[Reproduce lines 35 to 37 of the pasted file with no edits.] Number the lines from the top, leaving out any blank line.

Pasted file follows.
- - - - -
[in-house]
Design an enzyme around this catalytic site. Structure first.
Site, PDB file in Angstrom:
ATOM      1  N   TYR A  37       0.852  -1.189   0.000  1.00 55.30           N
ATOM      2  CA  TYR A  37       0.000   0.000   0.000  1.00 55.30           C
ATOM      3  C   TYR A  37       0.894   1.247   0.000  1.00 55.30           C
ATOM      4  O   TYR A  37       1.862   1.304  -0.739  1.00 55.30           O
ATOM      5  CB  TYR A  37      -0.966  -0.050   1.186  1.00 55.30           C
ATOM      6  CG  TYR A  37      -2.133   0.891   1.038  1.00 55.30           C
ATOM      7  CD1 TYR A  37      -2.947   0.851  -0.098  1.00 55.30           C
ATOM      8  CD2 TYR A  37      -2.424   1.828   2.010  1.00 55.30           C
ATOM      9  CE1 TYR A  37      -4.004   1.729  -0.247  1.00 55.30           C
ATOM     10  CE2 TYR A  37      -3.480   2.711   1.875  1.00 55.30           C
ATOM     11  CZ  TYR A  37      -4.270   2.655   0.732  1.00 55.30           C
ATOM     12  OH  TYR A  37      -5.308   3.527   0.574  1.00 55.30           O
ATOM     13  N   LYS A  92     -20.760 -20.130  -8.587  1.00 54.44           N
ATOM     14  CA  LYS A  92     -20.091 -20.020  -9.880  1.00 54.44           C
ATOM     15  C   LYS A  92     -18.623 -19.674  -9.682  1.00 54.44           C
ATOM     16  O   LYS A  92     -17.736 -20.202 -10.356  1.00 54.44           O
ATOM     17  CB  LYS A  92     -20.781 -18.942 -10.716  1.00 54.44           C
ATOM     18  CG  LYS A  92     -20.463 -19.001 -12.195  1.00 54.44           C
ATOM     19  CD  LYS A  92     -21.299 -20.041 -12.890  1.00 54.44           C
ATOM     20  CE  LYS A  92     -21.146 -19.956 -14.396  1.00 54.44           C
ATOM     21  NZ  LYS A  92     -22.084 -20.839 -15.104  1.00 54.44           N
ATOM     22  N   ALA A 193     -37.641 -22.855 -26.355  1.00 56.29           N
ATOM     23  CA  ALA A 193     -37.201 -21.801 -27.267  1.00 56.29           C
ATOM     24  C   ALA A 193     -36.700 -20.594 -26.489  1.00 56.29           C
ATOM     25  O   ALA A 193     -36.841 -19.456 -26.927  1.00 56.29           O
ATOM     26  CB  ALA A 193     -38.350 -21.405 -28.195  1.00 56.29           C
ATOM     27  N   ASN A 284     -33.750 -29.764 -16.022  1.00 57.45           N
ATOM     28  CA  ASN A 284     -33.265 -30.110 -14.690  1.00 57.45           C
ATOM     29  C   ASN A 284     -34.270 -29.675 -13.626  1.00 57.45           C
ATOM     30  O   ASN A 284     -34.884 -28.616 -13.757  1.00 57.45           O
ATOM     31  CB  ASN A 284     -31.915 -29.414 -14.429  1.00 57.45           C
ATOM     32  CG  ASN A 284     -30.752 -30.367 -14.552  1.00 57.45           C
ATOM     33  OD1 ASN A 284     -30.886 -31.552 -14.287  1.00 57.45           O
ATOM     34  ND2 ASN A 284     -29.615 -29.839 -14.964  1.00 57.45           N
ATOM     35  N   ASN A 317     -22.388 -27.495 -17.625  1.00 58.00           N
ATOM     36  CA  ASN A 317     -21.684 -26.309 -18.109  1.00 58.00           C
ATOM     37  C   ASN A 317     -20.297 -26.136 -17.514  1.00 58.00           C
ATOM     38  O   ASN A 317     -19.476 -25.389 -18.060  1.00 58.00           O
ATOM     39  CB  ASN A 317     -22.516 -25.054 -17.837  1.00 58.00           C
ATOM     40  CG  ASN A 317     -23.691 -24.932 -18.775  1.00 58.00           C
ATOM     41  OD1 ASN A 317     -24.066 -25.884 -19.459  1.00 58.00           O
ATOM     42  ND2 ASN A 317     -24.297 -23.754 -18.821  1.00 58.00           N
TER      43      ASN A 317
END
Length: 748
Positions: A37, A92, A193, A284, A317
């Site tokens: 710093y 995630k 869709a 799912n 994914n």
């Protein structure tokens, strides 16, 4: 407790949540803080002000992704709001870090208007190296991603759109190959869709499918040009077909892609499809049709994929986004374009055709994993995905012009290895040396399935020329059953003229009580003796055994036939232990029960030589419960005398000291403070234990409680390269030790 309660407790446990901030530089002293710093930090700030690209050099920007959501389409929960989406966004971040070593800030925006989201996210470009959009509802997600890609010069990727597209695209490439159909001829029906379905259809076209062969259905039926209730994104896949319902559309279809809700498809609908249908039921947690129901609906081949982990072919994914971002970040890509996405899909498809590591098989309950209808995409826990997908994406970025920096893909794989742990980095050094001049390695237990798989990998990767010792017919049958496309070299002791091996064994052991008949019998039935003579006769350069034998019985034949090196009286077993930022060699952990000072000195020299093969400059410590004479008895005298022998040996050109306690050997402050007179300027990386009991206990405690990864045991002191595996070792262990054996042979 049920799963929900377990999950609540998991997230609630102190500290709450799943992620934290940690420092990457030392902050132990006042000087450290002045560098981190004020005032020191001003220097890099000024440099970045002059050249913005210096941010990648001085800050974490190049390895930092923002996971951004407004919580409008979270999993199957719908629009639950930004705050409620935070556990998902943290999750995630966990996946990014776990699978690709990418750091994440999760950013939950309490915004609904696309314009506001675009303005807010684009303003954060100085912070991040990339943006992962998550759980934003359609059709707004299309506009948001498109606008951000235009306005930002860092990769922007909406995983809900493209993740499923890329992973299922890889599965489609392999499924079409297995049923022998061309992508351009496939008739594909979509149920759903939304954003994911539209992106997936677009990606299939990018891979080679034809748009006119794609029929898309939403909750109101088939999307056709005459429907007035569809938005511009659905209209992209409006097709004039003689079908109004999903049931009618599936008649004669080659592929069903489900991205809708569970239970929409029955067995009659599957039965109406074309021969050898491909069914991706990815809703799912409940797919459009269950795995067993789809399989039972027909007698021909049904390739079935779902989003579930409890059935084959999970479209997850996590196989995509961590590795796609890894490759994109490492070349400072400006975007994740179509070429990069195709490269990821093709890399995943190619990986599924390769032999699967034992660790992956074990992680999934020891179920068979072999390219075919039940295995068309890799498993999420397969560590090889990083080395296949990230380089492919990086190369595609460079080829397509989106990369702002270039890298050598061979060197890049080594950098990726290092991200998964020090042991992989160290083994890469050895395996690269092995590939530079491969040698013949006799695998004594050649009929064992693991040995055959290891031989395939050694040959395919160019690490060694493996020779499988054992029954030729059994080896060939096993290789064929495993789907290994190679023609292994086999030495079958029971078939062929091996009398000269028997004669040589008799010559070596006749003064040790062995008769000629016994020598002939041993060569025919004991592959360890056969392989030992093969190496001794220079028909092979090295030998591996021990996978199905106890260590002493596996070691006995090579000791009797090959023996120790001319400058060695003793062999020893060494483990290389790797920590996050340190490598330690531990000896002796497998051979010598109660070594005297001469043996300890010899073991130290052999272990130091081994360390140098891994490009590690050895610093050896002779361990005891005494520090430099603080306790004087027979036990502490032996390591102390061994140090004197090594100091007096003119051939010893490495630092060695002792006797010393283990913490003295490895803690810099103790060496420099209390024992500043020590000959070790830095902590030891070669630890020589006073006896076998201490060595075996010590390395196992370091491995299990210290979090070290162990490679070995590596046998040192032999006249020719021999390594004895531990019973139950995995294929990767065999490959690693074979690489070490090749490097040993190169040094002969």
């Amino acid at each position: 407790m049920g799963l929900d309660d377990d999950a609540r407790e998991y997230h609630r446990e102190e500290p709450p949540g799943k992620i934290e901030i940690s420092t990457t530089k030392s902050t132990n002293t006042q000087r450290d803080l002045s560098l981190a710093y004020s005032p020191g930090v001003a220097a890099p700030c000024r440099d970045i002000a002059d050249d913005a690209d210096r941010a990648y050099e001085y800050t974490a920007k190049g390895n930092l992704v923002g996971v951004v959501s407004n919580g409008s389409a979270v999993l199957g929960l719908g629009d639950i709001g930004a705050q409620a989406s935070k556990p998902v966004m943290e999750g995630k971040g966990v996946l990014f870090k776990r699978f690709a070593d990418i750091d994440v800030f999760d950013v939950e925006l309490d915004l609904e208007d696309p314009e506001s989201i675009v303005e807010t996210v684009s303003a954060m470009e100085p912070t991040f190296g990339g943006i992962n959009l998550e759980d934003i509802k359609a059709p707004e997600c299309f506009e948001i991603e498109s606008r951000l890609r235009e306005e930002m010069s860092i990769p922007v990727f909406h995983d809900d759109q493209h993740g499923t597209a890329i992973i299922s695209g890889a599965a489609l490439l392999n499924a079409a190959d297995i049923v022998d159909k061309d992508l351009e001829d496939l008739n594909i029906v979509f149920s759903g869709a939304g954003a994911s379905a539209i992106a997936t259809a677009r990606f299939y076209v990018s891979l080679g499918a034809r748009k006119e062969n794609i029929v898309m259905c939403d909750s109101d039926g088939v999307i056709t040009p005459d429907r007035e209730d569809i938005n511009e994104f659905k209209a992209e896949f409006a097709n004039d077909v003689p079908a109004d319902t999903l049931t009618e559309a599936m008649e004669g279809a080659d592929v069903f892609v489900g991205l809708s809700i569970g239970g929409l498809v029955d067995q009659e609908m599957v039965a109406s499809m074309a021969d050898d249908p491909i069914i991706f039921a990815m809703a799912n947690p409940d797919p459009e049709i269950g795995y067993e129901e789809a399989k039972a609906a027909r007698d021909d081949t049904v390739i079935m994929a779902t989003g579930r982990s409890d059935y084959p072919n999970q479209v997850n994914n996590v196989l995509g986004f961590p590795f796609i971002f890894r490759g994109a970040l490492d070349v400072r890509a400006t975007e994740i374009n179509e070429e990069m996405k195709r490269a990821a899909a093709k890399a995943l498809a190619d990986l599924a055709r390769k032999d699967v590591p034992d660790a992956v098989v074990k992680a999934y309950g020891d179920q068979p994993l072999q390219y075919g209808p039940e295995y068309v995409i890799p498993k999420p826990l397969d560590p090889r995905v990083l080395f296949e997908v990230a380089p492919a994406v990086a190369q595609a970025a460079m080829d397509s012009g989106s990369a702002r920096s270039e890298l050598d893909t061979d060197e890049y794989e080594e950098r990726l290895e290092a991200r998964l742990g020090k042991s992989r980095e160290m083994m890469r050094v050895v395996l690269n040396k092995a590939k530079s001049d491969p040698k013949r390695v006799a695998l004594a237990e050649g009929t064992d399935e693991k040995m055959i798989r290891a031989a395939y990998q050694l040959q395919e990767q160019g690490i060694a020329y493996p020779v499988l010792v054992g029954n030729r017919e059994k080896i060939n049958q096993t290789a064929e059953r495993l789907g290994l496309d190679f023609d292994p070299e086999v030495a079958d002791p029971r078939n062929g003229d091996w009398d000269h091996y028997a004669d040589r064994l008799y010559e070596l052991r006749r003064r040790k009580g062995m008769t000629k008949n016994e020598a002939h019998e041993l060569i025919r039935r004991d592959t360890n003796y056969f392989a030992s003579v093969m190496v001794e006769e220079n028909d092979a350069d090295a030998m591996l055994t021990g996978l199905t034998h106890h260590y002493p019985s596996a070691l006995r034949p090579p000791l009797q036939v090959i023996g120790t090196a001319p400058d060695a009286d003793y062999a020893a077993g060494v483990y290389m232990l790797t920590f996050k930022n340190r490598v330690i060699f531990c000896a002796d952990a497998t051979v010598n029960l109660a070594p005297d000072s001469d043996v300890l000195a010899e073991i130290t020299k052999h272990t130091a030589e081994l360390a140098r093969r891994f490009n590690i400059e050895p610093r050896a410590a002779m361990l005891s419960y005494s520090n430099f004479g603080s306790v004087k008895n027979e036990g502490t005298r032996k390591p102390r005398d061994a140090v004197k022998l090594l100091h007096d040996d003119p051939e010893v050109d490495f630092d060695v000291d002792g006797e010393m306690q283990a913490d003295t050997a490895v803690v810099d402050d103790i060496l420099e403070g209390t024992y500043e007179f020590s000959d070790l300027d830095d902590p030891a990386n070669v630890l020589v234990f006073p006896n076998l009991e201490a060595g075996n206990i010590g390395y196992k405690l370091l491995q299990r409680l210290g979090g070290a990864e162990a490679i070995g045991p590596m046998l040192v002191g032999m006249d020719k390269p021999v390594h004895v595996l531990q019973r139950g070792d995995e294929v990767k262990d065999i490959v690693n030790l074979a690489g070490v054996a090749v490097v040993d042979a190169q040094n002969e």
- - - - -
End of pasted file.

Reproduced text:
ATOM     32  CG  ASN A 284     -30.752 -30.367 -14.552  1.00 57.45           C
ATOM     33  OD1 ASN A 284     -30.886 -31.552 -14.287  1.00 57.45           O
ATOM     34  ND2 ASN A 284     -29.615 -29.839 -14.964  1.00 57.45           N